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Ristoff v. United States

decided: February 11, 1988.


Appeal from the United States District Court for the Northern District of Illinois, Eastern Division, No. 83-C-7941 -- John F. Grady, Judge.

Wood, Jr., and Ripple, Circuit Judges, and Gordon, Senior District Judge.*fn* Ripple, Circuit Judge, concurring.

Author: Gordon

GORDON, Senior District Judge.

The appellant, George Ristoff, was employed by the defendant, Federal Aviation Administration (FAA), as an air traffic controller in Aurora, Illinois. A member of the Professional Air Traffic Controllers Organization (PATCO), Mr. Ristoff was one of a large number of air traffic controllers fired in 1981 after PATCO went out on strike against the FAA.

Mr. Ristoff appealed his firing to the Merit Systems Protection Board and to the federal district court, contending that he was not a striker and was improperly fired. Mr. Ristoff appeals from the order of the district court granting summary judgment in favor of the FAA.

Summary judgment should not be granted if it appears that there is a genuine dispute concerning a material fact. United States v. Articles of Drug, 826 F.2d 564, 569 (7th Cir. 1987). This court should view the record and the inferences drawn therefrom in the light most favorable to the non-moving party. We find that the district court committed no error in granting the FAA's summary judgment motion.

PATCO commenced its strike against the FAA on August 3, 1981. During Mr. Ristoff's last shift prior to the strike, he approached his shift supervisor, Mr. Bartels, on July 31, 1981, and "reported for sick leave for August 3, 1981, and the week thereafter, because of the immenent [sic] strike." (Affidavit of George Ristoff, para. 29). The supervisor responded that he was unable to give Mr. Ristoff sick leave. Mr. Ristoff was scheduled to work on Monday, August 3, 1981, but he did not report for work at that time or for any of his assigned shifts throughout that week. On August 5, 1981, the FAA granted a moratorium permitting striking controllers to resume their duties on the next regularly scheduled shift and not suffer job loss. Mr. Ristoff did not report to work during the moratorium period, but he did make several appearances on the picket line.

On August 8, 1981, Mr. Ristoff spoke with Mr. Halle, another supervisor, after learning that all of the striking controllers were to be fired. Mr. Ristoff did not request sick leave during this conversation, but he stated that he had been in an alcoholic crisis. Mr. Ristoff was subsequently fired by the FAA on the basis that he was absent without leave during the strike.

The district court correctly concluded that Mr. Ristoff failed to establish a prima facie case of discrimination. The record clearly establishes that while Mr. Ristoff requested sick leave on July 31, 1981, the request was related to the event of a strike; there is no evidence that at that time, he informed his supervisor of his need for sick leave due to an alcoholic problem. Although Mr. Ristoff subsequently advised his supervisor during the August 8, 1981 conversation that he had been in an alcoholic crisis, he did not request sick leave at that latter time.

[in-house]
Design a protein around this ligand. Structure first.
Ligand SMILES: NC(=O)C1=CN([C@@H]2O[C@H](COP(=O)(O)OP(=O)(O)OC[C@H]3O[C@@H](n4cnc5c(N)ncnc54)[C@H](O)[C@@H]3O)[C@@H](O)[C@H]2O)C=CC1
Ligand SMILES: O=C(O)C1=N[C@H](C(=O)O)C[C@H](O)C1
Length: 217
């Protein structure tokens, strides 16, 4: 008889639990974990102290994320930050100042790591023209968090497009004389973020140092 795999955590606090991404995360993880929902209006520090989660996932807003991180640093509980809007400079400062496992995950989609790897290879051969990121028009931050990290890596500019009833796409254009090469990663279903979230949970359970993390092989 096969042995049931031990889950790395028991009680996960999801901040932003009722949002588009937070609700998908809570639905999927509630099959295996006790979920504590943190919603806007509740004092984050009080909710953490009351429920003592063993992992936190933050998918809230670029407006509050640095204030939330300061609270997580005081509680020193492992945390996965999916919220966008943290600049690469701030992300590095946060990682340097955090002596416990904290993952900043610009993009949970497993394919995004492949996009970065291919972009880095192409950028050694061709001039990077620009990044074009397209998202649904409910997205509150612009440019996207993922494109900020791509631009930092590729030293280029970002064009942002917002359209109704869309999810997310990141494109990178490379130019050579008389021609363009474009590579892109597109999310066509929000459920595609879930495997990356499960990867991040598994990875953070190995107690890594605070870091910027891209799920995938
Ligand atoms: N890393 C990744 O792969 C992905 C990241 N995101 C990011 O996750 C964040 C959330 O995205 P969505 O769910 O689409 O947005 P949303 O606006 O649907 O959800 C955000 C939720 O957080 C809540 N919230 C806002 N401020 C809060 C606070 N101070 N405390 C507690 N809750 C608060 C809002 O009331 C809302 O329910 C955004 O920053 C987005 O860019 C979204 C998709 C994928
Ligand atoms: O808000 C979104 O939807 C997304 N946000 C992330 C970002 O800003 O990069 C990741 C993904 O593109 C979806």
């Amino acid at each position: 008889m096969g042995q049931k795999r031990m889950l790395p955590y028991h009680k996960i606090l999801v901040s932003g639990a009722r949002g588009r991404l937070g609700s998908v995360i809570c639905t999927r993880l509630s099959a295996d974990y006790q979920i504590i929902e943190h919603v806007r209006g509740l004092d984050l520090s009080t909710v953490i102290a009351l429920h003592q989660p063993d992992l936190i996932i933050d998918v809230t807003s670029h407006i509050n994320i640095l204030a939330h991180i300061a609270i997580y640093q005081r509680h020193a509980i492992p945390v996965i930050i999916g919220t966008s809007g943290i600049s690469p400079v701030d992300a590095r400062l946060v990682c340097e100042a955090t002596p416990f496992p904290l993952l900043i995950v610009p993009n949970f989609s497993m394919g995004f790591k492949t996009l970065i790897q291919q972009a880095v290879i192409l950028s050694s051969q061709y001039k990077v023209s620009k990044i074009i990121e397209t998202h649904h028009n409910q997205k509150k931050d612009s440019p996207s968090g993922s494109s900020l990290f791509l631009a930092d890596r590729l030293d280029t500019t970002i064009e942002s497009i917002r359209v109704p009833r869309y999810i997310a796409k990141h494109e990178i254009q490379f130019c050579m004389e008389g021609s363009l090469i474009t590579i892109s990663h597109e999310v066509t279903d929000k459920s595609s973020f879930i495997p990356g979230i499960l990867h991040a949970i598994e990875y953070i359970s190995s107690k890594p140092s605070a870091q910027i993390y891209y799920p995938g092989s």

Mr. Ristoff also contends that the district court used the wrong analysis in determining that the plaintiff had failed to establish a prima facie case of discrimination. Judge Grady treated Mr. Ristoff's claim as one under Section 504 of the Rehabilitation Act, and stated in his ruling of February 18, 1987:

In order to make out a case under section 504, plaintiff must demonstrate that: (1) he is a "handicapped individual" under the Act; (2) he is "otherwise qualified" for the program from which he has been excluded; (3) he was excluded "solely" because of his handicap; and (4) the program from which he is excluded is subject to section 504.

The district court found that Mr. Ristoff was a handicapped individual, was otherwise qualified to hold a position as air traffic controller and that the FAA was subject to the requirements of the Rehabilitation Act. In its decision, the district court found that the flaw in Mr. Ristoff's effort to present a prima facie case was connected to the third element, quoted above.

The facts of this case do not suggest that plaintiff was improperly required to serve as a controller or improperly denied leave during an alcoholic crisis. None of the evidence submitted by plaintiff suggests that defendants were informed that an alcoholic crisis was the reason for plaintiff's absence during the period of the strike. Without such information to rebut the inference that plaintiff was absent from work without excuse and participating in strike activities, defendant's dismissal of plaintiff was not improper. Plaintiff has not made out a prima facie case of handicap discrimination.

Mr. Ristoff argues that the district court should have analyzed this case as a section 501 claim of discrimination because the FAA failed to accommodate him. However, Mr. Ristoff never alleged that his claim was based on section 501, or 504 for that matter. Section 501 of the Rehabilitation Act of 1973, 29 U.S.C. ยง 791 encourages federal employers to hire or to advance employees with handicaps. Mr. Ristoff correctly contends that the denial of sick leave to an alcoholic who has requested it in order to obtain treatment may constitute a prima facie showing of discrimination based on a handicap as held by the United States Merit Systems Protection Board in Ruzek v. General Services Administration, 7 M.S.P.B. 307, 7 M.S.P.R. 437 (1981). However, Mr. Ristoff totally failed to demonstrate that his request for sick leave was for the purposes of ...

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